E. 42nd Street: You & I & Irwin Chanin
Continuing our stroll eastward on E. 42nd Street, we come to the Chanin Building, which takes up the rest of the block all the way to the corner at Lexington Avenue.
The Chanin, completed in 1929, is, at 56 floors and 680 feet, more than twice as tall as its two neighbors. But I'll get to that aspect at some other time. For now, I'm going to concentrate on what we as pedestrians experience close up, at sidewalk level.
Irwin Chanin, a self-made man whose parents immigrated from Russia, had already made a name as an important NYC builder and developer. This eponymous structure, with its momunmental proportions and exuberent decoration, was meant to be a vision of the high-spirited and optimistic American society of the late '20s. It can also be read as Chanin's celebration of his own rise from a humble beginning to a shaper of a great city.
Chanin's training was as a civil engineer, but he also had a architect's eye for design. In 1925, he attended the Exposition Internationale des Arts Décoratifs et Industriels Modernes, the very event that gave birth to the term, "Art Deco." He was inspired and excited about this new style, and anxious to apply it to the work of his construction company.
And so the Chanin Building became one of the first major Art Deco sturctures in New York City. For a very short while, until the completion of the Chrysler Building across the street, it was even the tallest building in the United States.
In the photo above, you can see Chanin's enthusiasm for the then-new Art Deco form of decoration. The first floor, which was designed for retail shops, uses black Belgian marble for the storefronts, with an elegant silver Art Deco typeface for the store names. Just above the black marble is a freize of stylized imagery on brass (all the references say bronze, but it sure looks like brass to me.) The frieze depicts the theory of evolution, starting with plants and amoebae, but only getting as far as geese. Still, the detail is beautiful and captivating.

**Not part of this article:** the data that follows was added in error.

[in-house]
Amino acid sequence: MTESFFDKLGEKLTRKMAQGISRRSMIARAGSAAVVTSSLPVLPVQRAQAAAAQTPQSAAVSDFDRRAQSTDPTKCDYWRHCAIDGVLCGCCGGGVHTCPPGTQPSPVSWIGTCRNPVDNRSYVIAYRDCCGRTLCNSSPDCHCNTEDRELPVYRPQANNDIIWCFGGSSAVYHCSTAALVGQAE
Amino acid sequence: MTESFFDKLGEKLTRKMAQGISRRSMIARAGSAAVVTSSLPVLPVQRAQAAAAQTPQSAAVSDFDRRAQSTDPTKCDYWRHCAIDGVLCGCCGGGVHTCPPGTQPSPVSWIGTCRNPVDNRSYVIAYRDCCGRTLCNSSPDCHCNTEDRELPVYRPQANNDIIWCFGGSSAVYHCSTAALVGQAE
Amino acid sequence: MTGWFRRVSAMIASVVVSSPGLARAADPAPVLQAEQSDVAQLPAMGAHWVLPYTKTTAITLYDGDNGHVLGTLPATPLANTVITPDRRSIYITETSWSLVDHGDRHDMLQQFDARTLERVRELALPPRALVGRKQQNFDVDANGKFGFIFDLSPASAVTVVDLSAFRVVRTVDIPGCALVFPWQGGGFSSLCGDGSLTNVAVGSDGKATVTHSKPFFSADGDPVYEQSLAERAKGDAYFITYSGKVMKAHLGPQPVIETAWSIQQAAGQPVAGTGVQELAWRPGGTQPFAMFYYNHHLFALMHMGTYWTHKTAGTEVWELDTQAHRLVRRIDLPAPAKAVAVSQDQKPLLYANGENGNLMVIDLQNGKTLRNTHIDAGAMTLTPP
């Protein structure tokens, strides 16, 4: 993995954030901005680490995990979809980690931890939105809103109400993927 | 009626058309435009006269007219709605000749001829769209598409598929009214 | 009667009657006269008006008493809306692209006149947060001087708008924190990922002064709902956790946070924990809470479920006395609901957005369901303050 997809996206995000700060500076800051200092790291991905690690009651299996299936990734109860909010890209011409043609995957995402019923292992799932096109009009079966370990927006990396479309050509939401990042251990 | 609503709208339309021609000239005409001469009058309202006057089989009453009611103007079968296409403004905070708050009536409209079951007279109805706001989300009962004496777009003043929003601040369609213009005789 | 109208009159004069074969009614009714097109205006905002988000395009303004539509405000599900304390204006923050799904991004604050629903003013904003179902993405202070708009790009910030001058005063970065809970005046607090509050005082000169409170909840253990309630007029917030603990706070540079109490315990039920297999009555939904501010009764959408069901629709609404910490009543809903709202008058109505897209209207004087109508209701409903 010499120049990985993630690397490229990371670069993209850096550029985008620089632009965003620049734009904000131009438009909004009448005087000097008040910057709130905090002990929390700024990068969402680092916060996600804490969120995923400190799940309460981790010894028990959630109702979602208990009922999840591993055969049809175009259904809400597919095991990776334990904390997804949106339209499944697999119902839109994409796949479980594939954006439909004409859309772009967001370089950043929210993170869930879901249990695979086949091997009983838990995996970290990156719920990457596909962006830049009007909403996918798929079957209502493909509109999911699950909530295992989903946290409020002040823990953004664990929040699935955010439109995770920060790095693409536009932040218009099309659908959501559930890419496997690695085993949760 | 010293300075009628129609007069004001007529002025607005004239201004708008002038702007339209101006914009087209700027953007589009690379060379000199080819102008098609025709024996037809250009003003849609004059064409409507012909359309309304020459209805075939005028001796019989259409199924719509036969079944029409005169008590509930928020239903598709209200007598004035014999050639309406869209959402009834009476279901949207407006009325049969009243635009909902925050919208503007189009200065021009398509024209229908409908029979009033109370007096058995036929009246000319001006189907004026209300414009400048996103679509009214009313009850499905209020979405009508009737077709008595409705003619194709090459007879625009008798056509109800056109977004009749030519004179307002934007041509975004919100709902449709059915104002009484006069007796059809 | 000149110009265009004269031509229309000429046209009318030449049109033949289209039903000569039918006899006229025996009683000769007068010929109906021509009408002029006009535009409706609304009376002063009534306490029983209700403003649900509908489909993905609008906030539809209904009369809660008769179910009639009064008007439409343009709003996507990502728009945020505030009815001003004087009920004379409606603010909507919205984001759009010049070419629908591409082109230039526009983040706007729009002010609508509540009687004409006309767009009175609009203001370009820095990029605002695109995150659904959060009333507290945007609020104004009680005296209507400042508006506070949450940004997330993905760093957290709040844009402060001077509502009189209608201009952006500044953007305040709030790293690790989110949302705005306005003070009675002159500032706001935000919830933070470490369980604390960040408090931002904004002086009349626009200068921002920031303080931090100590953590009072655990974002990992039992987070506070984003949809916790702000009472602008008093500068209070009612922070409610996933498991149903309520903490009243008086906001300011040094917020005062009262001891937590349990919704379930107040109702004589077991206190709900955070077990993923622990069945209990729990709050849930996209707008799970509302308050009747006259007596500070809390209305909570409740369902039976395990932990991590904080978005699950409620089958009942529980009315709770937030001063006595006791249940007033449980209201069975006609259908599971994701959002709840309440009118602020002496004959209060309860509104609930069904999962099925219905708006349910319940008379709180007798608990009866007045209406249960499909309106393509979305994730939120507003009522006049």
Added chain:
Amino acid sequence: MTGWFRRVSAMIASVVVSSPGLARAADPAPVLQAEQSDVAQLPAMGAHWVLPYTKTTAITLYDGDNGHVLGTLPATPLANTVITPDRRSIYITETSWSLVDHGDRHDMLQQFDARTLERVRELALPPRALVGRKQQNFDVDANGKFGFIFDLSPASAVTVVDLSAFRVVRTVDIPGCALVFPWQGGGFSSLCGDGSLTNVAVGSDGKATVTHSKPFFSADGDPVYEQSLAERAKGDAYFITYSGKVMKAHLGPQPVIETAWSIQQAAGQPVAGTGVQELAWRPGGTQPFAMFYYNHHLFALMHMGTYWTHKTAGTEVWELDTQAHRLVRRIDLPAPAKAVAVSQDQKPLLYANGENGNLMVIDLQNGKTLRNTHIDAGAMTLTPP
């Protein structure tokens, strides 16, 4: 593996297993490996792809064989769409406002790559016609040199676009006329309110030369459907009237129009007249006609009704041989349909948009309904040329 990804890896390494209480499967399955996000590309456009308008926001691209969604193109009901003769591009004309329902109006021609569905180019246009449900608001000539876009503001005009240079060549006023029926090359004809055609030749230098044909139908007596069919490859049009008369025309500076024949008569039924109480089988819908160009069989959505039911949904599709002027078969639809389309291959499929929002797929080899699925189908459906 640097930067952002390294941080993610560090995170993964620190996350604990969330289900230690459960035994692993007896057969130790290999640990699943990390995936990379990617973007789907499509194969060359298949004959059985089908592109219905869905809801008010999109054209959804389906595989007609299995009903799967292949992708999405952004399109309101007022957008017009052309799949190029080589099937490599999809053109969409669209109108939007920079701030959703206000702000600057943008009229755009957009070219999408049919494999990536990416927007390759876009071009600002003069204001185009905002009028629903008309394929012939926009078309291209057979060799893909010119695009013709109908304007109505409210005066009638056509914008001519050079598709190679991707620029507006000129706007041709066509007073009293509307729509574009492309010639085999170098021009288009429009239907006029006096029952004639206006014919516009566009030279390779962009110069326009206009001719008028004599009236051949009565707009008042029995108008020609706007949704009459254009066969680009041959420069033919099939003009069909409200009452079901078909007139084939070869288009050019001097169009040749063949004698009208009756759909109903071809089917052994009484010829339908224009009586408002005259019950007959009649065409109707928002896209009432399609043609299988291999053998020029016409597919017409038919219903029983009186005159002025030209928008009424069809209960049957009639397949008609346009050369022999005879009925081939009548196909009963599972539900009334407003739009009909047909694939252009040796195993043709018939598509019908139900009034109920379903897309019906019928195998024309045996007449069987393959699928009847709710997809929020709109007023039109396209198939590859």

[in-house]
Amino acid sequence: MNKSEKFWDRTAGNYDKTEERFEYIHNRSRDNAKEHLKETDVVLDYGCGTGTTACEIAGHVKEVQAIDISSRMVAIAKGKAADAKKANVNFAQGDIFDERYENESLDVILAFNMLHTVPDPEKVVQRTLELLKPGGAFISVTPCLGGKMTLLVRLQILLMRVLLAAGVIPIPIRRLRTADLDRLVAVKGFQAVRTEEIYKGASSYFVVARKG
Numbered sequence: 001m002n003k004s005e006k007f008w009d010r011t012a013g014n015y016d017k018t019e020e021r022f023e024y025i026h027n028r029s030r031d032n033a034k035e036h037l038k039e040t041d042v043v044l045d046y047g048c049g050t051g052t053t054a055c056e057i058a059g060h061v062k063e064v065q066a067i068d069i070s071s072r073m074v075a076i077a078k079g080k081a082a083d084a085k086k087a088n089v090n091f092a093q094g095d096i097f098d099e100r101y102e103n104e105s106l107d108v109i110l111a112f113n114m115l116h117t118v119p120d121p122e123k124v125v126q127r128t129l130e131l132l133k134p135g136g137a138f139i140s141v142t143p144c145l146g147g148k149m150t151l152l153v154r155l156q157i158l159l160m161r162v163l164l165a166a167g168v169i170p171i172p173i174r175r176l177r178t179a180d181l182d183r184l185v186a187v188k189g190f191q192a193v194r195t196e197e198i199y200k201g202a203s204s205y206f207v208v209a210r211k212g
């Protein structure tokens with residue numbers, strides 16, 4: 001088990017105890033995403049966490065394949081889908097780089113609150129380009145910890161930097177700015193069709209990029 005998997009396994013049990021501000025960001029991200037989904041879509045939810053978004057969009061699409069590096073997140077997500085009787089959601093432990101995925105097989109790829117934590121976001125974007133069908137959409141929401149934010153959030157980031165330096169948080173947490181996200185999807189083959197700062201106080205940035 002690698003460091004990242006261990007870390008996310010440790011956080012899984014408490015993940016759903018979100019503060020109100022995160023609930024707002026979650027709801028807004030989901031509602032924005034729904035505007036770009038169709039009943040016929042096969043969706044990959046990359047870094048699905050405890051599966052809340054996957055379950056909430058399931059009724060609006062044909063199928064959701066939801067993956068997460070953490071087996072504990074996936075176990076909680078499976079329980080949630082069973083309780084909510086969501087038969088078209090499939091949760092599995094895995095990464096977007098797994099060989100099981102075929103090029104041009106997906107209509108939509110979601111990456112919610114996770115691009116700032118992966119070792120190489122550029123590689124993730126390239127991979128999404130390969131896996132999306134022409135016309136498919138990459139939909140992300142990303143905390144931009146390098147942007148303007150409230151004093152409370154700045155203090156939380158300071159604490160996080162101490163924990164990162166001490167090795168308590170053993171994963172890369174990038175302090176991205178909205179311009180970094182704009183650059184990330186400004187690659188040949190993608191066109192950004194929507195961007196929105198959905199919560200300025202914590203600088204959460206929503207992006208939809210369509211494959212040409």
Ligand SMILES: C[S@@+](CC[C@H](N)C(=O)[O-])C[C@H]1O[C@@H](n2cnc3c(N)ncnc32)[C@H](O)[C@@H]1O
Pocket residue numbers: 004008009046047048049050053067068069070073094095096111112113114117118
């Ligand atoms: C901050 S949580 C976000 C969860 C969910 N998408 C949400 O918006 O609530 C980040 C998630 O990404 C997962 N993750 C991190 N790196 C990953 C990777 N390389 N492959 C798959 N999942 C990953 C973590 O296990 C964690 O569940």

The second and third floors are defined by a series of pilasters, giving the appearance of a colonade. The fourth story is encircled by a bas-relief in terra cotta from which delightfully stylized flowers seem to erupt.
Although Mr. Chanin was not the very first to build office towers in the Art Deco style, he did pioneer the use of Art Deco in residential structures with two iconic apartment towers on Central Park West - the Century and the Majestic.
The Chanin family construction and real estate business was a worthy contributor to New York City during most of the 20th century. Irwin Chanin worked at his firm until a month before his death, and I was happy to learn that he lived until age ninety-six.